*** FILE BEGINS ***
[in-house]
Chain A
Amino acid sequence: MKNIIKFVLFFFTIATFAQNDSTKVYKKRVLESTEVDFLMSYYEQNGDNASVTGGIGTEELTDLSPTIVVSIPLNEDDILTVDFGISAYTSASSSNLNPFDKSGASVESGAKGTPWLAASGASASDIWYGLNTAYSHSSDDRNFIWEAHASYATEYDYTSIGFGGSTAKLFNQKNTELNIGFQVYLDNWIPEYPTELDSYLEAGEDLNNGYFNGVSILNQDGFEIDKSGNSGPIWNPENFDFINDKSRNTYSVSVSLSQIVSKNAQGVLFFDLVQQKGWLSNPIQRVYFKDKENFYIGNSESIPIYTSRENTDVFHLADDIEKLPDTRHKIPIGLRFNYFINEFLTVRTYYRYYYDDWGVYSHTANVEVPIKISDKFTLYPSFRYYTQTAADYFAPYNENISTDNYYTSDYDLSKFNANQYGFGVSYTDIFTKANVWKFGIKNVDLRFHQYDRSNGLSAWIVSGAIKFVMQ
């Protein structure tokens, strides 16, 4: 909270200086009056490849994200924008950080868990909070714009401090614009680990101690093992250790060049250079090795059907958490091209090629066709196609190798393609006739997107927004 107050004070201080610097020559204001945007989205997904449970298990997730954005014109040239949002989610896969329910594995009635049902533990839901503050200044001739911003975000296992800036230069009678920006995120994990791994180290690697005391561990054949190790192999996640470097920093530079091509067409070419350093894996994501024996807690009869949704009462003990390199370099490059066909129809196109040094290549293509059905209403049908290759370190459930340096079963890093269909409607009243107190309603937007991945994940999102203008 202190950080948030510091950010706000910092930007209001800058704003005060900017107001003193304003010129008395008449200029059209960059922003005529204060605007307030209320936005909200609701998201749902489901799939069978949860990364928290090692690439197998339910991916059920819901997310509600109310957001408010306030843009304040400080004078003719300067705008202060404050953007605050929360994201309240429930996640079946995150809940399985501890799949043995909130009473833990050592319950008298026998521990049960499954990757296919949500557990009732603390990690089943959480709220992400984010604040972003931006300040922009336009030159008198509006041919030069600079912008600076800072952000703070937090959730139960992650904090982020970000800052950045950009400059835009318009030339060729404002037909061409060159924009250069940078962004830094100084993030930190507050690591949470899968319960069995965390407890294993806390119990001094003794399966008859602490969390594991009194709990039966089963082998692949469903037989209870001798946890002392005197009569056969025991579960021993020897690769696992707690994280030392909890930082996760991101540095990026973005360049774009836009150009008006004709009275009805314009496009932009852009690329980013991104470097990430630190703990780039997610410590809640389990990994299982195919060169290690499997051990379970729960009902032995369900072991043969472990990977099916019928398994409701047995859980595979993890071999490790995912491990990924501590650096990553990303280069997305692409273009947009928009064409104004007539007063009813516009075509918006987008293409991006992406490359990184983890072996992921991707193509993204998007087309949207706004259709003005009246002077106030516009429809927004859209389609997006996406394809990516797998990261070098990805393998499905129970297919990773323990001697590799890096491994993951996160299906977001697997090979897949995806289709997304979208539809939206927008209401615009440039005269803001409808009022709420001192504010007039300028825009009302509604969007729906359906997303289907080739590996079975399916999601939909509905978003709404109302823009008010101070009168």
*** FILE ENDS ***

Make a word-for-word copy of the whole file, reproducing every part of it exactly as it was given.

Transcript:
[in-house]
Chain A
Amino acid sequence: MKNIIKFVLFFFTIATFAQNDSTKVYKKRVLESTEVDFLMSYYEQNGDNASVTGGIGTEELTDLSPTIVVSIPLNEDDILTVDFGISAYTSASSSNLNPFDKSGASVESGAKGTPWLAASGASASDIWYGLNTAYSHSSDDRNFIWEAHASYATEYDYTSIGFGGSTAKLFNQKNTELNIGFQVYLDNWIPEYPTELDSYLEAGEDLNNGYFNGVSILNQDGFEIDKSGNSGPIWNPENFDFINDKSRNTYSVSVSLSQIVSKNAQGVLFFDLVQQKGWLSNPIQRVYFKDKENFYIGNSESIPIYTSRENTDVFHLADDIEKLPDTRHKIPIGLRFNYFINEFLTVRTYYRYYYDDWGVYSHTANVEVPIKISDKFTLYPSFRYYTQTAADYFAPYNENISTDNYYTSDYDLSKFNANQYGFGVSYTDIFTKANVWKFGIKNVDLRFHQYDRSNGLSAWIVSGAIKFVMQ
């Protein structure tokens, strides 16, 4: 909270200086009056490849994200924008950080868990909070714009401090614009680990101690093992250790060049250079090795059907958490091209090629066709196609190798393609006739997107927004 107050004070201080610097020559204001945007989205997904449970298990997730954005014109040239949002989610896969329910594995009635049902533990839901503050200044001739911003975000296992800036230069009678920006995120994990791994180290690697005391561990054949190790192999996640470097920093530079091509067409070419350093894996994501024996807690009869949704009462003990390199370099490059066909129809196109040094290549293509059905209403049908290759370190459930340096079963890093269909409607009243107190309603937007991945994940999102203008 202190950080948030510091950010706000910092930007209001800058704003005060900017107001003193304003010129008395008449200029059209960059922003005529204060605007307030209320936005909200609701998201749902489901799939069978949860990364928290090692690439197998339910991916059920819901997310509600109310957001408010306030843009304040400080004078003719300067705008202060404050953007605050929360994201309240429930996640079946995150809940399985501890799949043995909130009473833990050592319950008298026998521990049960499954990757296919949500557990009732603390990690089943959480709220992400984010604040972003931006300040922009336009030159008198509006041919030069600079912008600076800072952000703070937090959730139960992650904090982020970000800052950045950009400059835009318009030339060729404002037909061409060159924009250069940078962004830094100084993030930190507050690591949470899968319960069995965390407890294993806390119990001094003794399966008859602490969390594991009194709990039966089963082998692949469903037989209870001798946890002392005197009569056969025991579960021993020897690769696992707690994280030392909890930082996760991101540095990026973005360049774009836009150009008006004709009275009805314009496009932009852009690329980013991104470097990430630190703990780039997610410590809640389990990994299982195919060169290690499997051990379970729960009902032995369900072991043969472990990977099916019928398994409701047995859980595979993890071999490790995912491990990924501590650096990553990303280069997305692409273009947009928009064409104004007539007063009813516009075509918006987008293409991006992406490359990184983890072996992921991707193509993204998007087309949207706004259709003005009246002077106030516009429809927004859209389609997006996406394809990516797998990261070098990805393998499905129970297919990773323990001697590799890096491994993951996160299906977001697997090979897949995806289709997304979208539809939206927008209401615009440039005269803001409808009022709420001192504010007039300028825009009302509604969007729906359906997303289907080739590996079975399916999601939909509905978003709404109302823009008010101070009168």